Flashguns are one of the first accessories many photographers look to add to their kit, but decent ones don't come cheap – a good entry-level flashgun from Canon or Nikon will set you back upwards of $200/£150. But now Amazon is looking to undercut the big brands by selling its own dirt-cheap flashgun for under $28/£27.
It may not be laden with all the sophisticated features you see on pricier models, but the AmazonBasics Electronic Flash for DSLRs offers you a pretty risk-free way of dabbling in flash photography.
There's no TTL (through-the-lens) metering, which is hardly surprising for a flashgun this cheap, but you do get three flash modes (Manual mode, Slave mode 1, and Slave mode 2), along with a standard PC sync port, as well as a built-in sensor that enables you to trigger the flashgun from a distance using another flashgun or your camera's pop-up flash, for creative lighting effects.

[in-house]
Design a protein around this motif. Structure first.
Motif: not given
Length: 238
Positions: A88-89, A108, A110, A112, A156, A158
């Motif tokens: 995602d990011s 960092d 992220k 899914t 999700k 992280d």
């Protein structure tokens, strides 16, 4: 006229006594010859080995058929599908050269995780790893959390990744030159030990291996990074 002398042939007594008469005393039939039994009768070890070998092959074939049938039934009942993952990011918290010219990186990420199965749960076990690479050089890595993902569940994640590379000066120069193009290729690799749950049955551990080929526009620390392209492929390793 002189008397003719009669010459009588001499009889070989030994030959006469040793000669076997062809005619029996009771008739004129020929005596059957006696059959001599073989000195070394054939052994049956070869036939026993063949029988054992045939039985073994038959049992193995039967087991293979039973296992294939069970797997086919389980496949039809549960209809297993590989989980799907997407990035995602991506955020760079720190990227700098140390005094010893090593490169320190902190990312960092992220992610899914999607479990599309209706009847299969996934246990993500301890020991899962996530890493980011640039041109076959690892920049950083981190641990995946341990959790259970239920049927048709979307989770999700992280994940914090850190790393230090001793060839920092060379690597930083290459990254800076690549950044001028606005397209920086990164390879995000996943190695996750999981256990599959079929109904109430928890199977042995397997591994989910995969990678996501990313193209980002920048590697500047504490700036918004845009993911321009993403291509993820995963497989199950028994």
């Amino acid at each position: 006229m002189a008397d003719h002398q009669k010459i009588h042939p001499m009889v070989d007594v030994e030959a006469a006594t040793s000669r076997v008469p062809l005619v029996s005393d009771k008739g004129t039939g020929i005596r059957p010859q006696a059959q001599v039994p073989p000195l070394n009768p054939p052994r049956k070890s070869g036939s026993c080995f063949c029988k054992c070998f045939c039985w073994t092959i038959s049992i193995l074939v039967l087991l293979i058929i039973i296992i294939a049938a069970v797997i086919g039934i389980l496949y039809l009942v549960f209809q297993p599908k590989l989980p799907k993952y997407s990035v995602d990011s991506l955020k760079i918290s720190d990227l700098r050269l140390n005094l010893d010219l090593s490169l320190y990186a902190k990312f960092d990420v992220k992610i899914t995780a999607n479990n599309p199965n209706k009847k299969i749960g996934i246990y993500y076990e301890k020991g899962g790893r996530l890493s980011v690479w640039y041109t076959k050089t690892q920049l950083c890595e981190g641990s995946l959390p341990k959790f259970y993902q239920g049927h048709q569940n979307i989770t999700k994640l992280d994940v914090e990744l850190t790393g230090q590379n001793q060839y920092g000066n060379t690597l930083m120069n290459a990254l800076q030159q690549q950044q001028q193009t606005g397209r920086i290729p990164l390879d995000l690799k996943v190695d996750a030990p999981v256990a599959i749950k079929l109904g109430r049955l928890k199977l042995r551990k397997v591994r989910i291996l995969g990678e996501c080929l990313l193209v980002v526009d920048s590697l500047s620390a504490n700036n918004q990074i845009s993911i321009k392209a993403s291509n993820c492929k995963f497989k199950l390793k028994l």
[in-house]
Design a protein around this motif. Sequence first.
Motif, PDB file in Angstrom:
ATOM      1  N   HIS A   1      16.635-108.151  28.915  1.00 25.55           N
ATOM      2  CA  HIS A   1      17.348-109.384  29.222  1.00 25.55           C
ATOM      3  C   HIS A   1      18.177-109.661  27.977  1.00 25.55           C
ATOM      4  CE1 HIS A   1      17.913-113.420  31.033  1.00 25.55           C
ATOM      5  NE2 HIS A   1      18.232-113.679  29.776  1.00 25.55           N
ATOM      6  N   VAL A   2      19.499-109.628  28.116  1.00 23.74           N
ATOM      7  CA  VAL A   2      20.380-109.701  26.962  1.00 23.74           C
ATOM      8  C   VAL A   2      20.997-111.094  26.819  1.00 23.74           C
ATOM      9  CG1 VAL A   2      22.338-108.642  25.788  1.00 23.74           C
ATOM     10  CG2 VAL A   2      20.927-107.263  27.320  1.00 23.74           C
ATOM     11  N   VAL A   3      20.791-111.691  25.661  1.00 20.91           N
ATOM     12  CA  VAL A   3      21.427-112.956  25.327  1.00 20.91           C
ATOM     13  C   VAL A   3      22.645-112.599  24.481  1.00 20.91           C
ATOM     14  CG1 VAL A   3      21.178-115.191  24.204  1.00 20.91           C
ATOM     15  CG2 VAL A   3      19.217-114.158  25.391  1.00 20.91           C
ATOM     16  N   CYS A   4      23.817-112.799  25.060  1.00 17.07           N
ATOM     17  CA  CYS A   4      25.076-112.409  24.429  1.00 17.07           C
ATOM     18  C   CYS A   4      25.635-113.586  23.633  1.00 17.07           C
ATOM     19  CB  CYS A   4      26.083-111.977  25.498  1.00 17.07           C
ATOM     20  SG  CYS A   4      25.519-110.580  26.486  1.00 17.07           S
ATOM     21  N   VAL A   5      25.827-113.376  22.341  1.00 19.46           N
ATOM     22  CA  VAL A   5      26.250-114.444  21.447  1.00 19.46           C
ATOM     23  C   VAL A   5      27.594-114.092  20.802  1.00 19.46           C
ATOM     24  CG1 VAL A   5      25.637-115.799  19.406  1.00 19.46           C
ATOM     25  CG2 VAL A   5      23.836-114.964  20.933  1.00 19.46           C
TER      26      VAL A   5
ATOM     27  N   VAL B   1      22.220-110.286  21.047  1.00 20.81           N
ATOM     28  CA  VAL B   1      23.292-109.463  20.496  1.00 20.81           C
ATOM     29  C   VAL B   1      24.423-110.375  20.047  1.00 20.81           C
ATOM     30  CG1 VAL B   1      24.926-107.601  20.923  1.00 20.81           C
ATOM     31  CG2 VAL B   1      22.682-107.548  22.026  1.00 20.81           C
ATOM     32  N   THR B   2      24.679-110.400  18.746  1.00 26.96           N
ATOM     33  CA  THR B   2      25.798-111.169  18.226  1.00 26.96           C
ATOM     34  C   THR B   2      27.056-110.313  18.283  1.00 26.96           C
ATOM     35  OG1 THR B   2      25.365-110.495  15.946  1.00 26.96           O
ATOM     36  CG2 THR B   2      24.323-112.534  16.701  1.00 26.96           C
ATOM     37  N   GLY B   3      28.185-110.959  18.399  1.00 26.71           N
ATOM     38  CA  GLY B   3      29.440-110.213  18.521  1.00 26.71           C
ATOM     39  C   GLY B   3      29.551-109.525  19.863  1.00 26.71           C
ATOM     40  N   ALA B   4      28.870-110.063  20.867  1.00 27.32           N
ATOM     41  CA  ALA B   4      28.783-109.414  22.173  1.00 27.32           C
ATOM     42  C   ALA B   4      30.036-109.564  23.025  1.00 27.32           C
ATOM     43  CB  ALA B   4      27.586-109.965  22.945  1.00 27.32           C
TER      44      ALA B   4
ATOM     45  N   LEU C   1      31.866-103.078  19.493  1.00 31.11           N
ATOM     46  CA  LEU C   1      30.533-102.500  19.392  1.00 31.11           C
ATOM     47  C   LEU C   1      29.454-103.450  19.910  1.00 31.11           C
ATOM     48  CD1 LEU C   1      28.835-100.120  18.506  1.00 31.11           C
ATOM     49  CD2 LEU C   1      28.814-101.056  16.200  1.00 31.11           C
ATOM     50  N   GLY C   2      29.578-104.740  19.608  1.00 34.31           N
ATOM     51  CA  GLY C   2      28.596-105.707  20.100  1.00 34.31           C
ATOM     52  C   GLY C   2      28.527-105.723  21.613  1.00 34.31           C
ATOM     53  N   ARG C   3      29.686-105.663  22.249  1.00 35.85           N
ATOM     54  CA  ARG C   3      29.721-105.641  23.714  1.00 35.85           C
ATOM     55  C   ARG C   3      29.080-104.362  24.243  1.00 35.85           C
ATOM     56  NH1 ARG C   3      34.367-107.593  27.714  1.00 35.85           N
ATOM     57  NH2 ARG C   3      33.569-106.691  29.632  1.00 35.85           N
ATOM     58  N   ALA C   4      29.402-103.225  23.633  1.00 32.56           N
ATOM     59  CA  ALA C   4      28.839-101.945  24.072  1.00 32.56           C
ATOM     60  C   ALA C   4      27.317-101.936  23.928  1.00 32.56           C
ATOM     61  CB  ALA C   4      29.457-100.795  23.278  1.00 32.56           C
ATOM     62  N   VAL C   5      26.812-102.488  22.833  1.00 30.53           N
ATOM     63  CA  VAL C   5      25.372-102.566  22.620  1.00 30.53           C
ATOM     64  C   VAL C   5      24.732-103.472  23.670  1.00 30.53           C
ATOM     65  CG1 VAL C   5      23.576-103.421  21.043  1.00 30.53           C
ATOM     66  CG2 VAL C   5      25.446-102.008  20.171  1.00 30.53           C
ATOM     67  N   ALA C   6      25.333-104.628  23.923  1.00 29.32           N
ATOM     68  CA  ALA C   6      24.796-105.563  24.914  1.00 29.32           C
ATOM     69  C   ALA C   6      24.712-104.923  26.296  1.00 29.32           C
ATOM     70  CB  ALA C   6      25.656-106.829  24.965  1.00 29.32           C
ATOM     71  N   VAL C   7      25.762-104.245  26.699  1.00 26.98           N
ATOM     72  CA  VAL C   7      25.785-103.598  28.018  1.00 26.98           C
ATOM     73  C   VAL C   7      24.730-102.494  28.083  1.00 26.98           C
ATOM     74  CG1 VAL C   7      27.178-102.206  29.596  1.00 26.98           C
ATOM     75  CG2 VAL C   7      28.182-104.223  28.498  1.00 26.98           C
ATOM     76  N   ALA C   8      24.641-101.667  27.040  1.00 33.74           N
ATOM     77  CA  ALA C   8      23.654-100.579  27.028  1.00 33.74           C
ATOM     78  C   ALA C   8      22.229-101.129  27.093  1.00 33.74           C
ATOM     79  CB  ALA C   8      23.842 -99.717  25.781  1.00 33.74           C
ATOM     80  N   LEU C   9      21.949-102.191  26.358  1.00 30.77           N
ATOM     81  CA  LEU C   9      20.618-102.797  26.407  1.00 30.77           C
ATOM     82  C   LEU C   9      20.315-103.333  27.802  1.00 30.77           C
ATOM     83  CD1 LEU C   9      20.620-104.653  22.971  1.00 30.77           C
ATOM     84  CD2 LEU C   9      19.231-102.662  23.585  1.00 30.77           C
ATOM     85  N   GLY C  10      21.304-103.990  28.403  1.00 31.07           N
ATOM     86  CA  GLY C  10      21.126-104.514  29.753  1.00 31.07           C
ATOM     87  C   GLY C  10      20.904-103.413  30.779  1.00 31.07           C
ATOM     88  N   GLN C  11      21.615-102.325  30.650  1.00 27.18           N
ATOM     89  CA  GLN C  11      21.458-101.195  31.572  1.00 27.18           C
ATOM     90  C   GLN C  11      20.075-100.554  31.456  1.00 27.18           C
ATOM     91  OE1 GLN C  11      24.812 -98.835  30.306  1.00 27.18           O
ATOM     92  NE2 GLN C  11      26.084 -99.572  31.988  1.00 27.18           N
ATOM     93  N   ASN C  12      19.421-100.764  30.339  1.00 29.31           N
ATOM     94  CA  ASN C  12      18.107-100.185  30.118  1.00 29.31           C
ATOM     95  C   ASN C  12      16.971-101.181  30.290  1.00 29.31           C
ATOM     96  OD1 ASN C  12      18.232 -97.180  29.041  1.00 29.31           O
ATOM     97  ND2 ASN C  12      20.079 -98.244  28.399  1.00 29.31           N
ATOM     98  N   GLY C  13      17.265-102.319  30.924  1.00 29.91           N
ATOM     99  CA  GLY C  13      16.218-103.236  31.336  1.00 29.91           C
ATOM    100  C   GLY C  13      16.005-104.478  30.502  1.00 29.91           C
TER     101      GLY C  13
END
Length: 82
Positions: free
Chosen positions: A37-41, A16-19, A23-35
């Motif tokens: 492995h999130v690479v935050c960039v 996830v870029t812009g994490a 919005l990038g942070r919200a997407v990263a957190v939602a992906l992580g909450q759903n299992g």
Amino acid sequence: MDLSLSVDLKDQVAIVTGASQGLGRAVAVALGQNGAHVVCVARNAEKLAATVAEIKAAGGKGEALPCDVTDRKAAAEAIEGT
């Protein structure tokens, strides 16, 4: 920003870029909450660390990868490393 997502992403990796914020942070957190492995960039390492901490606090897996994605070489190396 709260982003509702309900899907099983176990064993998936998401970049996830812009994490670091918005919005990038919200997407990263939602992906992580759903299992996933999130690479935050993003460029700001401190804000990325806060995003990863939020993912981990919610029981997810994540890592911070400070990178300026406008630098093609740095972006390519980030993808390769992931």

The head can also be tilted upwards 90 degrees and rotated 270 degrees for bouncing the flash off ceilings and walls, while it sports a pretty good guide number of 33 (ISO100/1M). Guide number is a measurement of flash power, usually quoted in metres at ISO100. Dividing the Gn by the aperture value gives the distance the light will reach and still Illuminate the subject sufficiently.
You can choose from eight levels of flash brightness, and there's an automatic save function that enables you to retain the current flash settings. Finally, there's a hotshoe stand and carrying bag included. Not bad for $27.99 / £26.09.
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Phil Hall is an experienced writer and editor having worked on some of the largest photography magazines in the UK, and now edit the photography channel of TechRadar, the UK's biggest tech website and one of the largest in the world. He has also worked on numerous commercial projects, including working with manufacturers like Nikon and Fujifilm on bespoke printed and online camera guides, as well as writing technique blogs and copy for the John Lewis Technology guide.